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If I run the command apt-get update are any packages downloaded? My understanding is that it only updates the repositories. Based on that understanding does, that also mean that it updates the source.list file or does it simply update the apt cache?

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3 Answers 3

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It updates the lists of available packages, which are cached as the per-repository list files; it doesn't modify the sources.list file, or download any deb packages.

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What do you mean by per-repository list files? Also is there any advantage is running the command 'apt-get -s update`? –  PeanutsMonkey Mar 9 '12 at 0:20
    
Where is it cached? –  PeanutsMonkey Mar 9 '12 at 0:35
    
The full list of packages in each repository are downloaded and stored in /var/lib/apt/lists, so that apt knows what is available. I can't imagine any benefit to performance a simulated update. –  Daniel Pittman Mar 9 '12 at 0:58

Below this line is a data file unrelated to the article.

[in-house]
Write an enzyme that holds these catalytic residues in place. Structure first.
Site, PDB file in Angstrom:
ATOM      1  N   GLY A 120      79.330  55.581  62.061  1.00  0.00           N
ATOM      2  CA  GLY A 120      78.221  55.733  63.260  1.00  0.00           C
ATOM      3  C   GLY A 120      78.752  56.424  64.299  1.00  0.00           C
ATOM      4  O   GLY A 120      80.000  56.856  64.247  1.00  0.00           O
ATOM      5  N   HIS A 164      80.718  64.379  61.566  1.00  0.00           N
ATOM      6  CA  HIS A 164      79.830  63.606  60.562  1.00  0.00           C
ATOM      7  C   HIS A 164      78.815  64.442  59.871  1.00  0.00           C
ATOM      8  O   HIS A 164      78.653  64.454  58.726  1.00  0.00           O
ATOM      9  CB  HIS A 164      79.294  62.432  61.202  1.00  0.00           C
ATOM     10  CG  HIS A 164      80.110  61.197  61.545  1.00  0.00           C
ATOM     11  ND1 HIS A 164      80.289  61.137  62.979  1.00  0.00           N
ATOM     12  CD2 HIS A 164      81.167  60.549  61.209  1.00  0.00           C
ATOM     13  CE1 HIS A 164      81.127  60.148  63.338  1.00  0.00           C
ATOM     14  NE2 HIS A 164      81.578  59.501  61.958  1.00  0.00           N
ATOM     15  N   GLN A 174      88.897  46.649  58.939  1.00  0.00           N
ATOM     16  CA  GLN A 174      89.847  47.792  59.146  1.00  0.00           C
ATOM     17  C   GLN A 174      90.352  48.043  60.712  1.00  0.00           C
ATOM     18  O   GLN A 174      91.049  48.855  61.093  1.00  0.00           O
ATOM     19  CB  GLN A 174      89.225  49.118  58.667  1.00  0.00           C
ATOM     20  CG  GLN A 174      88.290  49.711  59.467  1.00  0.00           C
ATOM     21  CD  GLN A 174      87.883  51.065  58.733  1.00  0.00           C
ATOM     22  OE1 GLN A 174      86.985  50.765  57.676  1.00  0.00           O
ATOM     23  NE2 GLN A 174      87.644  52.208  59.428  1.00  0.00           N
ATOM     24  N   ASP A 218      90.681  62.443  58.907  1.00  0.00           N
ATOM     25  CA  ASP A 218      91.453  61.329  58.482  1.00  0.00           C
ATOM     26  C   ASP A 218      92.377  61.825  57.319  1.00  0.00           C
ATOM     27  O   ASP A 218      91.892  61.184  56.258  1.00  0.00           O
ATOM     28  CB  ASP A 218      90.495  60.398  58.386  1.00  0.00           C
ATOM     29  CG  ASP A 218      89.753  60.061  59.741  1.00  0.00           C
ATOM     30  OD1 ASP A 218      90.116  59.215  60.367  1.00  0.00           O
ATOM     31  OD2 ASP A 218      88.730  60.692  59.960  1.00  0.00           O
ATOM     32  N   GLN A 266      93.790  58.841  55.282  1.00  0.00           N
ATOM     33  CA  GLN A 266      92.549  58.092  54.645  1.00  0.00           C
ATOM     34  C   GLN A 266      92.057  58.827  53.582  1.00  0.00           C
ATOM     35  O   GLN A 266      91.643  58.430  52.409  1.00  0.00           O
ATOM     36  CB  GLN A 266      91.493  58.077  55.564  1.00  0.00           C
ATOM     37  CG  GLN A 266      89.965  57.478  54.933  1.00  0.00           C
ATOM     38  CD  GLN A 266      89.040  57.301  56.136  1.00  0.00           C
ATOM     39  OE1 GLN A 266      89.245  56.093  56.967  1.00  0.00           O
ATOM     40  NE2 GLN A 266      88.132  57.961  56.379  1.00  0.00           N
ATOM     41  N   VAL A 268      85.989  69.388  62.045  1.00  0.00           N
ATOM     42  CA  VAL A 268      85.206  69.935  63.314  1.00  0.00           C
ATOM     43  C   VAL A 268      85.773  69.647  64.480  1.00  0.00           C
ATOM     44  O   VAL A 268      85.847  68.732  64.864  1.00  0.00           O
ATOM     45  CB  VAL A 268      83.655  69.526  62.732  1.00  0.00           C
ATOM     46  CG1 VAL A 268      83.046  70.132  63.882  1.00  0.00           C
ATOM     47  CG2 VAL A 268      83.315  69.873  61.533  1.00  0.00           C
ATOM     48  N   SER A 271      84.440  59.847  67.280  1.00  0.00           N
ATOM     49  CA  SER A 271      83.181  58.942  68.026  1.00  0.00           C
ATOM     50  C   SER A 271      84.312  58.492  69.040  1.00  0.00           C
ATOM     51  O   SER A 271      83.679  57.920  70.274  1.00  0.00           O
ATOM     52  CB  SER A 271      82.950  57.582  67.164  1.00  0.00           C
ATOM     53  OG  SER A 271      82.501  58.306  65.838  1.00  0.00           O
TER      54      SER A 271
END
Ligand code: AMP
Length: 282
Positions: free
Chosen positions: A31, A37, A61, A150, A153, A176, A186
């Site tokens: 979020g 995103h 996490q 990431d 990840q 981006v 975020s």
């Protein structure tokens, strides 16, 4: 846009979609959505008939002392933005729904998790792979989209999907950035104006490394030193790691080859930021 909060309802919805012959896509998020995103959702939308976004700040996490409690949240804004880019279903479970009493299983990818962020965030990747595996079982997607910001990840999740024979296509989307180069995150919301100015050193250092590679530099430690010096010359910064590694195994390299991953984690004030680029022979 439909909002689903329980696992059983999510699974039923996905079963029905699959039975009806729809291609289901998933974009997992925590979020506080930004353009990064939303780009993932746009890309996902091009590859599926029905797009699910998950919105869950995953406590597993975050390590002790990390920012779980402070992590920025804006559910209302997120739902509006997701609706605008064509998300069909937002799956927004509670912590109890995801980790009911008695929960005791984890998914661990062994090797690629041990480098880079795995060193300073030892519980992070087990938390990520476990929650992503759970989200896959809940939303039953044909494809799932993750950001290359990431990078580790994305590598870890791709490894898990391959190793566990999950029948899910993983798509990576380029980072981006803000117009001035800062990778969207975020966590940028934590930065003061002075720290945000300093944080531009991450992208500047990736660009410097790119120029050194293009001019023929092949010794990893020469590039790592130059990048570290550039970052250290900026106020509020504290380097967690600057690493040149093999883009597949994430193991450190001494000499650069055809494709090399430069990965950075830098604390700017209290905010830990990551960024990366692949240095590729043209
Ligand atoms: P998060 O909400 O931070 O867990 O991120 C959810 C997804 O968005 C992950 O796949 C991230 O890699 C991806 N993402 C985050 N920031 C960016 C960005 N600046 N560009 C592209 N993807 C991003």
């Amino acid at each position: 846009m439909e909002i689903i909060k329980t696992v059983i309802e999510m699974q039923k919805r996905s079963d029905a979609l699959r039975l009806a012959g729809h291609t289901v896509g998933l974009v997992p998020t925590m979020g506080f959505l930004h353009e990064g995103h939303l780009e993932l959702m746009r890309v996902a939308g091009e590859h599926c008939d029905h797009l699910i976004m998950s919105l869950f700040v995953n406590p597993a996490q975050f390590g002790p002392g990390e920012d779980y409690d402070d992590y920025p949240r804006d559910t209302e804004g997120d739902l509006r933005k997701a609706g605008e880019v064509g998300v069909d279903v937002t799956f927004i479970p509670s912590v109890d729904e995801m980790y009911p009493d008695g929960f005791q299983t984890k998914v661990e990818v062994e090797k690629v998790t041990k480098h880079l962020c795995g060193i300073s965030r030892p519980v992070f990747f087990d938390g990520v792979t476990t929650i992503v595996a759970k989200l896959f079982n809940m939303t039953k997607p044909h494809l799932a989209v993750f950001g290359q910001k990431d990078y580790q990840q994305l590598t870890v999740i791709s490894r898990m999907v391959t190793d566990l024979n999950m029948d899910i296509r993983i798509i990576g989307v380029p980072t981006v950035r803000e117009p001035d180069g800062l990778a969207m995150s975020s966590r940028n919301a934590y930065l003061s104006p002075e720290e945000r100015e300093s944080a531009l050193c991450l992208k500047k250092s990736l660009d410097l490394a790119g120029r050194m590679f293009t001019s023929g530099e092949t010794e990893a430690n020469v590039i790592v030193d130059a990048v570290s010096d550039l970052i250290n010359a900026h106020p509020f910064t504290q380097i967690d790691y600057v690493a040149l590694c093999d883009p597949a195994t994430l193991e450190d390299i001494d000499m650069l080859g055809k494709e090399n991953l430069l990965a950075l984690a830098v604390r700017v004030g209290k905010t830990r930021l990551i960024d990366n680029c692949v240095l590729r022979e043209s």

I take it that the file at /var/lib/apt/lists is updated each time I run the command apt-get update. Is that right? Is this the same location it is cached? –  PeanutsMonkey Mar 9 '12 at 6:40

From the Ubuntu help page: To update the local package index with the latest changes made in repositories, type the following:

sudo apt-get update

So, no, it does not download any packages. It does not update sources.list.

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What is it updating then? Is it a file or is it cached somewhere? If so where is the cache? Is the cache cleared each time I run the command? –  PeanutsMonkey Mar 9 '12 at 0:36

Conversely, if you wanted to get all the new packages you would do 'sudo apt-get upgrade' after updating the lists.

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